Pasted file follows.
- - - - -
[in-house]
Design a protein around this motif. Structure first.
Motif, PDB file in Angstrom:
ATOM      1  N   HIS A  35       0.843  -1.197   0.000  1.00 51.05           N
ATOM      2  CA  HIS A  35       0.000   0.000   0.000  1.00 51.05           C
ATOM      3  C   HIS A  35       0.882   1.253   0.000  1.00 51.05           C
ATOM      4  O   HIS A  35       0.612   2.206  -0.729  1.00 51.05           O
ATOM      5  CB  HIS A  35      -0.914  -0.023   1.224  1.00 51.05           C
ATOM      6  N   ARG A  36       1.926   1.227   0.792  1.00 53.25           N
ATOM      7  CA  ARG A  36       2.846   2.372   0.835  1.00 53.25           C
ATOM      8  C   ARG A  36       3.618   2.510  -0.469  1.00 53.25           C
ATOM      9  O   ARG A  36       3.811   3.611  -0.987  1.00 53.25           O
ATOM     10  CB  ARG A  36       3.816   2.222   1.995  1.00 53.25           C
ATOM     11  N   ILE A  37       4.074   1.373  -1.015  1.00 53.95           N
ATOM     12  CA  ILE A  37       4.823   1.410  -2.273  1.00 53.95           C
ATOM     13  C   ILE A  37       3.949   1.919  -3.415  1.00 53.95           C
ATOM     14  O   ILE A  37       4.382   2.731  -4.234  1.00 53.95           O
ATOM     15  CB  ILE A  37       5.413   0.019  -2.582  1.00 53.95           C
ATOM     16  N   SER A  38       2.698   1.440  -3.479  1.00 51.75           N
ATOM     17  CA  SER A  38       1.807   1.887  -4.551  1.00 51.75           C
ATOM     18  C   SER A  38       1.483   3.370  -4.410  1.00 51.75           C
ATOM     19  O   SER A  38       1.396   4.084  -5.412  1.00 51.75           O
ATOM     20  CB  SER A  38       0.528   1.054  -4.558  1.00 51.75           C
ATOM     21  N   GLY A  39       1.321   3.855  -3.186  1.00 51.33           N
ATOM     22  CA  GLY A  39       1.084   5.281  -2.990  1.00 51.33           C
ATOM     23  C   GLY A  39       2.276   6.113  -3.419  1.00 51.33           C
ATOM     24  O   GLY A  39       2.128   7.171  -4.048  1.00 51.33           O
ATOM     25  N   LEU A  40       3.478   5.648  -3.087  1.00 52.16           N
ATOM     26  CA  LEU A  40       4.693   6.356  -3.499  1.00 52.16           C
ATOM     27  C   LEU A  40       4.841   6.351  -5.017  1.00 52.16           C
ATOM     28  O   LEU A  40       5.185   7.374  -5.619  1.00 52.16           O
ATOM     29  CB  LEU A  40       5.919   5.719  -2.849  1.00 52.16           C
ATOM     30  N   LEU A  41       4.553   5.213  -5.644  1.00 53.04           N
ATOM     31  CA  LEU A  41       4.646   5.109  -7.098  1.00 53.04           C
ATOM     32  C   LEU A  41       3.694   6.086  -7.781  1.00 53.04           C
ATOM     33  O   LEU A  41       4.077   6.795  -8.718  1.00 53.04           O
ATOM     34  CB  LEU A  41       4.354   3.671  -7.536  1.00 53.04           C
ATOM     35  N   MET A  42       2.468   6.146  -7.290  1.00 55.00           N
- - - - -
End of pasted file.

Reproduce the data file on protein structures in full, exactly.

[in-house]
Design a protein around this motif. Structure first.
Motif, PDB file in Angstrom:
ATOM      1  N   HIS A  35       0.843  -1.197   0.000  1.00 51.05           N
ATOM      2  CA  HIS A  35       0.000   0.000   0.000  1.00 51.05           C
ATOM      3  C   HIS A  35       0.882   1.253   0.000  1.00 51.05           C
ATOM      4  O   HIS A  35       0.612   2.206  -0.729  1.00 51.05           O
ATOM      5  CB  HIS A  35      -0.914  -0.023   1.224  1.00 51.05           C
ATOM      6  N   ARG A  36       1.926   1.227   0.792  1.00 53.25           N
ATOM      7  CA  ARG A  36       2.846   2.372   0.835  1.00 53.25           C
ATOM      8  C   ARG A  36       3.618   2.510  -0.469  1.00 53.25           C
ATOM      9  O   ARG A  36       3.811   3.611  -0.987  1.00 53.25           O
ATOM     10  CB  ARG A  36       3.816   2.222   1.995  1.00 53.25           C
ATOM     11  N   ILE A  37       4.074   1.373  -1.015  1.00 53.95           N
ATOM     12  CA  ILE A  37       4.823   1.410  -2.273  1.00 53.95           C
ATOM     13  C   ILE A  37       3.949   1.919  -3.415  1.00 53.95           C
ATOM     14  O   ILE A  37       4.382   2.731  -4.234  1.00 53.95           O
ATOM     15  CB  ILE A  37       5.413   0.019  -2.582  1.00 53.95           C
ATOM     16  N   SER A  38       2.698   1.440  -3.479  1.00 51.75           N
ATOM     17  CA  SER A  38       1.807   1.887  -4.551  1.00 51.75           C
ATOM     18  C   SER A  38       1.483   3.370  -4.410  1.00 51.75           C
ATOM     19  O   SER A  38       1.396   4.084  -5.412  1.00 51.75           O
ATOM     20  CB  SER A  38       0.528   1.054  -4.558  1.00 51.75           C
ATOM     21  N   GLY A  39       1.321   3.855  -3.186  1.00 51.33           N
ATOM     22  CA  GLY A  39       1.084   5.281  -2.990  1.00 51.33           C
ATOM     23  C   GLY A  39       2.276   6.113  -3.419  1.00 51.33           C
ATOM     24  O   GLY A  39       2.128   7.171  -4.048  1.00 51.33           O
ATOM     25  N   LEU A  40       3.478   5.648  -3.087  1.00 52.16           N
ATOM     26  CA  LEU A  40       4.693   6.356  -3.499  1.00 52.16           C
ATOM     27  C   LEU A  40       4.841   6.351  -5.017  1.00 52.16           C
ATOM     28  O   LEU A  40       5.185   7.374  -5.619  1.00 52.16           O
ATOM     29  CB  LEU A  40       5.919   5.719  -2.849  1.00 52.16           C
ATOM     30  N   LEU A  41       4.553   5.213  -5.644  1.00 53.04           N
ATOM     31  CA  LEU A  41       4.646   5.109  -7.098  1.00 53.04           C
ATOM     32  C   LEU A  41       3.694   6.086  -7.781  1.00 53.04           C
ATOM     33  O   LEU A  41       4.077   6.795  -8.718  1.00 53.04           O
ATOM     34  CB  LEU A  41       4.354   3.671  -7.536  1.00 53.04           C
ATOM     35  N   MET A  42       2.468   6.146  -7.290  1.00 55.00           N